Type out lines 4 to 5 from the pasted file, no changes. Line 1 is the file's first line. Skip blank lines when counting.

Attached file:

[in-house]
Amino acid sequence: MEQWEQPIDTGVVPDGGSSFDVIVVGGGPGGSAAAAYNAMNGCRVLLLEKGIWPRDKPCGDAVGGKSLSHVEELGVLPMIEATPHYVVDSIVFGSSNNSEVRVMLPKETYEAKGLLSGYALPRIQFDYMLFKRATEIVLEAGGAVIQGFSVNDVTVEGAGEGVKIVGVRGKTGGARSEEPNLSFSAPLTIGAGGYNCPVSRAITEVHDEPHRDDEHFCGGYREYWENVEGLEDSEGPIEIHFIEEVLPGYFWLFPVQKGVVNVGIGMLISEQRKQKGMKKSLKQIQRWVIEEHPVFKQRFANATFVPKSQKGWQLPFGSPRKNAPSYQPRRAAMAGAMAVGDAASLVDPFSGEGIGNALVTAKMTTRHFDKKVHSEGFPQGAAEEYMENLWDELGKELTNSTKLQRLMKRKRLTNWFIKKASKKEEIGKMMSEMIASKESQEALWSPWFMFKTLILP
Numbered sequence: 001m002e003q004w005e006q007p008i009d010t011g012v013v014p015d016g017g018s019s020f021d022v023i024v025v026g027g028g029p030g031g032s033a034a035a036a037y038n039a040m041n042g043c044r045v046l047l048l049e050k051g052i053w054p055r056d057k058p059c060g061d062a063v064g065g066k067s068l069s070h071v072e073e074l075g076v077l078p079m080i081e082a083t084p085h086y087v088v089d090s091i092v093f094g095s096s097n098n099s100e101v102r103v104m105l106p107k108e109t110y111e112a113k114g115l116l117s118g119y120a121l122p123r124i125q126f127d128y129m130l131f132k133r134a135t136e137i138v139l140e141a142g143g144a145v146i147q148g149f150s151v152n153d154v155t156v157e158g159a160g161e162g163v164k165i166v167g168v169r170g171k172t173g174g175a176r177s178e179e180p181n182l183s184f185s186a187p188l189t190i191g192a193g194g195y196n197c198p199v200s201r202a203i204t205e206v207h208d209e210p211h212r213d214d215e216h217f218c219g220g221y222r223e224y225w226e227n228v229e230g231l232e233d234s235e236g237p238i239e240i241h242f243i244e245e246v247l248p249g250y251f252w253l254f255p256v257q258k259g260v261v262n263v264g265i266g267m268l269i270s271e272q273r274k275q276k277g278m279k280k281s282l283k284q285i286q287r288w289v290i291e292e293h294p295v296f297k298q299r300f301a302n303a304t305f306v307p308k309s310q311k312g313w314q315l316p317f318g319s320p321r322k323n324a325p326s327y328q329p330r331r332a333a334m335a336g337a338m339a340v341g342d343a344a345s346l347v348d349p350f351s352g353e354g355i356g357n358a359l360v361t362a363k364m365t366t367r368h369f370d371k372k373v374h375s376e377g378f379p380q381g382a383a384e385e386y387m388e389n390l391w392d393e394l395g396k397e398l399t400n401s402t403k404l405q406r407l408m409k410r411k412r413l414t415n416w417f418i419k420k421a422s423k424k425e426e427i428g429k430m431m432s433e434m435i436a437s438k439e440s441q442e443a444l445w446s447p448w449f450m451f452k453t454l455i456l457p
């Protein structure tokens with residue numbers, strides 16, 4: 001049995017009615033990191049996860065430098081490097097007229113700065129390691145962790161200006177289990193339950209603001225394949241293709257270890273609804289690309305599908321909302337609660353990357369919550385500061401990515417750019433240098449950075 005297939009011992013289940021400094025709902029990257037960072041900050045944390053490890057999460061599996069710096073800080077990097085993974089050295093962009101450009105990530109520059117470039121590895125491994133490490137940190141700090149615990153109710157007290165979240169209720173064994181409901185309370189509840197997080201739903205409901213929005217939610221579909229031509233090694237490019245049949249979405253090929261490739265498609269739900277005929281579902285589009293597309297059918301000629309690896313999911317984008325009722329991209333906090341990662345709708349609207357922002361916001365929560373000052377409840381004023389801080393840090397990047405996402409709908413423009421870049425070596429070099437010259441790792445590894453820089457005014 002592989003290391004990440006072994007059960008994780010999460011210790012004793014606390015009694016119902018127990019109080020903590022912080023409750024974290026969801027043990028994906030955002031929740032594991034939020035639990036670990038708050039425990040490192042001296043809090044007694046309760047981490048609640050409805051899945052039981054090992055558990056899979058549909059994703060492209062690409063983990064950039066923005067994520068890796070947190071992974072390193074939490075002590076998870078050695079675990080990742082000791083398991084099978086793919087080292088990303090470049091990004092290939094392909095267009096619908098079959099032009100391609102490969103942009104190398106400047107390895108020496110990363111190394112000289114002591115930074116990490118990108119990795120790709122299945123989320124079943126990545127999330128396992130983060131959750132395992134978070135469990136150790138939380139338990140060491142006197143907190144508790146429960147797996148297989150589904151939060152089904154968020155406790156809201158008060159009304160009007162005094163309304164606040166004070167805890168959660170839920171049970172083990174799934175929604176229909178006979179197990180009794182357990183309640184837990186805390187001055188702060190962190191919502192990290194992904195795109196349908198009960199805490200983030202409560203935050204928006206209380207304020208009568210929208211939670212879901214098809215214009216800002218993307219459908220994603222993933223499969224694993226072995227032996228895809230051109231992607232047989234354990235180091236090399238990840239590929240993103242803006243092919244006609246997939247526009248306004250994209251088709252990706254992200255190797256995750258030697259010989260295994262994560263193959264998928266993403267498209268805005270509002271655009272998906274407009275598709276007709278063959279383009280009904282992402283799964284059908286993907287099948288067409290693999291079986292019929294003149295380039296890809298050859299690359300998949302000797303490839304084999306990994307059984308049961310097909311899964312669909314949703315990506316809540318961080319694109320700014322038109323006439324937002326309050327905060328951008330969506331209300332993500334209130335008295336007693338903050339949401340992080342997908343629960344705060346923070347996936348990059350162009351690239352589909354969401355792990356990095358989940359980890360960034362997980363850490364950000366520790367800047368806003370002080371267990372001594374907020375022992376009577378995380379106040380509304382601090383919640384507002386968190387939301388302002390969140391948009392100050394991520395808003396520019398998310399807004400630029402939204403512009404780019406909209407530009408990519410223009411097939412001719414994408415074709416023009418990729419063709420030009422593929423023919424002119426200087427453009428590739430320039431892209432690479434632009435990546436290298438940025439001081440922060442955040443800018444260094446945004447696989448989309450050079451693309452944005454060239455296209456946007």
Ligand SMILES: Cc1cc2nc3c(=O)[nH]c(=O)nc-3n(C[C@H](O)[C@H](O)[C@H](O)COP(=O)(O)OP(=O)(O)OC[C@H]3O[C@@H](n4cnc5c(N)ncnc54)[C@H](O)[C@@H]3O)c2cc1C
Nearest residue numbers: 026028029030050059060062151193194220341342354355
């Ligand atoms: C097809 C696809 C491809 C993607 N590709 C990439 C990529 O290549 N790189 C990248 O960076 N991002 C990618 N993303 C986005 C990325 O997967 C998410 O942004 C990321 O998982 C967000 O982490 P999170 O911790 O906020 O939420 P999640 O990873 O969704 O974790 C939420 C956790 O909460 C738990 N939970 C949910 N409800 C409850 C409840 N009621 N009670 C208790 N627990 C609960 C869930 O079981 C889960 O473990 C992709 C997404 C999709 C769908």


């Protein structure tokens with residue numbers, strides 16, 4: 001049995017009615033990191049996860065430098081490097097007229113700065129390691145962790161200006177289990193339950209603001225394949241293709257270890273609804289690309305599908321909302337609660353990357369919550385500061401990515417750019433240098449950075 005297939009011992013289940021400094025709902029990257037960072041900050045944390053490890057999460061599996069710096073800080077990097085993974089050295093962009101450009105990530109520059117470039121590895125491994133490490137940190141700090149615990153109710157007290165979240169209720173064994181409901185309370189509840197997080201739903205409901213929005217939610221579909229031509233090694237490019245049949249979405253090929261490739265498609269739900277005929281579902285589009293597309297059918301000629309690896313999911317984008325009722329991209333906090341990662345709708349609207357922002361916001365929560373000052377409840381004023389801080393840090397990047405996402409709908413423009421870049425070596429070099437010259441790792445590894453820089457005014 002592989003290391004990440006072994007059960008994780010999460011210790012004793014606390015009694016119902018127990019109080020903590022912080023409750024974290026969801027043990028994906030955002031929740032594991034939020035639990036670990038708050039425990040490192042001296043809090044007694046309760047981490048609640050409805051899945052039981054090992055558990056899979058549909059994703060492209062690409063983990064950039066923005067994520068890796070947190071992974072390193074939490075002590076998870078050695079675990080990742082000791083398991084099978086793919087080292088990303090470049091990004092290939094392909095267009096619908098079959099032009100391609102490969103942009104190398106400047107390895108020496110990363111190394112000289114002591115930074116990490118990108119990795120790709122299945123989320124079943126990545127999330128396992130983060131959750132395992134978070135469990136150790138939380139338990140060491142006197143907190144508790146429960147797996148297989150589904151939060152089904154968020155406790156809201158008060159009304160009007162005094163309304164606040166004070167805890168959660170839920171049970172083990174799934175929604176229909178006979179197990180009794182357990183309640184837990186805390187001055188702060190962190191919502192990290194992904195795109196349908198009960199805490200983030202409560203935050204928006206209380207304020208009568210929208211939670212879901214098809215214009216800002218993307219459908220994603222993933223499969224694993226072995227032996228895809230051109231992607232047989234354990235180091236090399238990840239590929240993103242803006243092919244006609246997939247526009248306004250994209251088709252990706254992200255190797256995750258030697259010989260295994262994560263193959264998928266993403267498209268805005270509002271655009272998906274407009275598709276007709278063959279383009280009904282992402283799964284059908286993907287099948288067409290693999291079986292019929294003149295380039296890809298050859299690359300998949302000797303490839304084999306990994307059984308049961310097909311899964312669909314949703315990506316809540318961080319694109320700014322038109323006439324937002326309050327905060328951008330969506331209300332993500334209130335008295336007693338903050339949401340992080342997908343629960344705060346923070347996936348990059350162009351690239352589909354969401355792990356990095358989940359980890360960034362997980363850490364950000366520790367800047368806003370002080371267990372001594374907020375022992376009577378995380379106040380509304382601090383919640384507002386968190387939301388302002390969140391948009392100050394991520395808003396520019398998310399807004400630029402939204403512009404780019406909209407530009408990519410223009411097939412001719414994408415074709416023009418990729419063709420030009422593929423023919424002119426200087427453009428590739430320039431892209432690479434632009435990546436290298438940025439001081440922060442955040443800018444260094446945004447696989448989309450050079451693309452944005454060239455296209456946007």
Ligand SMILES: Cc1cc2nc3c(=O)[nH]c(=O)nc-3n(C[C@H](O)[C@H](O)[C@H](O)COP(=O)(O)OP(=O)(O)OC[C@H]3O[C@@H](n4cnc5c(N)ncnc54)[C@H](O)[C@@H]3O)c2cc1C